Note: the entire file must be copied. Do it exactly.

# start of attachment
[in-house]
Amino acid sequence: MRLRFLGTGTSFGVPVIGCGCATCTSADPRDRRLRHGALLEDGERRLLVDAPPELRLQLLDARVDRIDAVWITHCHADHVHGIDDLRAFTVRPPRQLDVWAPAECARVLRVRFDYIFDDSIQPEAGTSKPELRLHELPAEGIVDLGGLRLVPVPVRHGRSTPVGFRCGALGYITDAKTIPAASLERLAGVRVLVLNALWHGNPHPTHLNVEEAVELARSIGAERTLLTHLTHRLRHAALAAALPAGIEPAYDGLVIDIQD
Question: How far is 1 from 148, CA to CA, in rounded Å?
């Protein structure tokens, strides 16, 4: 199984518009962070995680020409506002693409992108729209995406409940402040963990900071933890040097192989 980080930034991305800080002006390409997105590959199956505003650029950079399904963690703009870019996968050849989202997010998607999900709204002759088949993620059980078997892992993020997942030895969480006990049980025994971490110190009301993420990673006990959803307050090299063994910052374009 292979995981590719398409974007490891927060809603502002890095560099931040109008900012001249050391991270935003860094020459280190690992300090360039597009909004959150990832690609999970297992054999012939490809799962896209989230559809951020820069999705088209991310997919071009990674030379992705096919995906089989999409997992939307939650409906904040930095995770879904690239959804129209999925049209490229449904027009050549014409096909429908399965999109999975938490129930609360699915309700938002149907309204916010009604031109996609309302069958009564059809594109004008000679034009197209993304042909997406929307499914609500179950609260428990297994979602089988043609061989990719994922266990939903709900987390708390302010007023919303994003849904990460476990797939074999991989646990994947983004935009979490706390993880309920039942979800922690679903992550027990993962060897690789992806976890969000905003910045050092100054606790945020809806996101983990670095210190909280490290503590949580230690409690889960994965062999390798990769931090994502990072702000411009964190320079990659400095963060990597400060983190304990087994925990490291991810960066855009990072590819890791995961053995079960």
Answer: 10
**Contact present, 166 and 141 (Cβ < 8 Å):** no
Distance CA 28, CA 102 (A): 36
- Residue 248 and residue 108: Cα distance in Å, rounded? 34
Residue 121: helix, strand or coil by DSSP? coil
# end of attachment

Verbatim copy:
[in-house]
Amino acid sequence: MRLRFLGTGTSFGVPVIGCGCATCTSADPRDRRLRHGALLEDGERRLLVDAPPELRLQLLDARVDRIDAVWITHCHADHVHGIDDLRAFTVRPPRQLDVWAPAECARVLRVRFDYIFDDSIQPEAGTSKPELRLHELPAEGIVDLGGLRLVPVPVRHGRSTPVGFRCGALGYITDAKTIPAASLERLAGVRVLVLNALWHGNPHPTHLNVEEAVELARSIGAERTLLTHLTHRLRHAALAAALPAGIEPAYDGLVIDIQD
Question: How far is 1 from 148, CA to CA, in rounded Å?
């Protein structure tokens, strides 16, 4: 199984518009962070995680020409506002693409992108729209995406409940402040963990900071933890040097192989 980080930034991305800080002006390409997105590959199956505003650029950079399904963690703009870019996968050849989202997010998607999900709204002759088949993620059980078997892992993020997942030895969480006990049980025994971490110190009301993420990673006990959803307050090299063994910052374009 292979995981590719398409974007490891927060809603502002890095560099931040109008900012001249050391991270935003860094020459280190690992300090360039597009909004959150990832690609999970297992054999012939490809799962896209989230559809951020820069999705088209991310997919071009990674030379992705096919995906089989999409997992939307939650409906904040930095995770879904690239959804129209999925049209490229449904027009050549014409096909429908399965999109999975938490129930609360699915309700938002149907309204916010009604031109996609309302069958009564059809594109004008000679034009197209993304042909997406929307499914609500179950609260428990297994979602089988043609061989990719994922266990939903709900987390708390302010007023919303994003849904990460476990797939074999991989646990994947983004935009979490706390993880309920039942979800922690679903992550027990993962060897690789992806976890969000905003910045050092100054606790945020809806996101983990670095210190909280490290503590949580230690409690889960994965062999390798990769931090994502990072702000411009964190320079990659400095963060990597400060983190304990087994925990490291991810960066855009990072590819890791995961053995079960």
Answer: 10
**Contact present, 166 and 141 (Cβ < 8 Å):** no
Distance CA 28, CA 102 (A): 36
- Residue 248 and residue 108: Cα distance in Å, rounded? 34
Residue 121: helix, strand or coil by DSSP? coil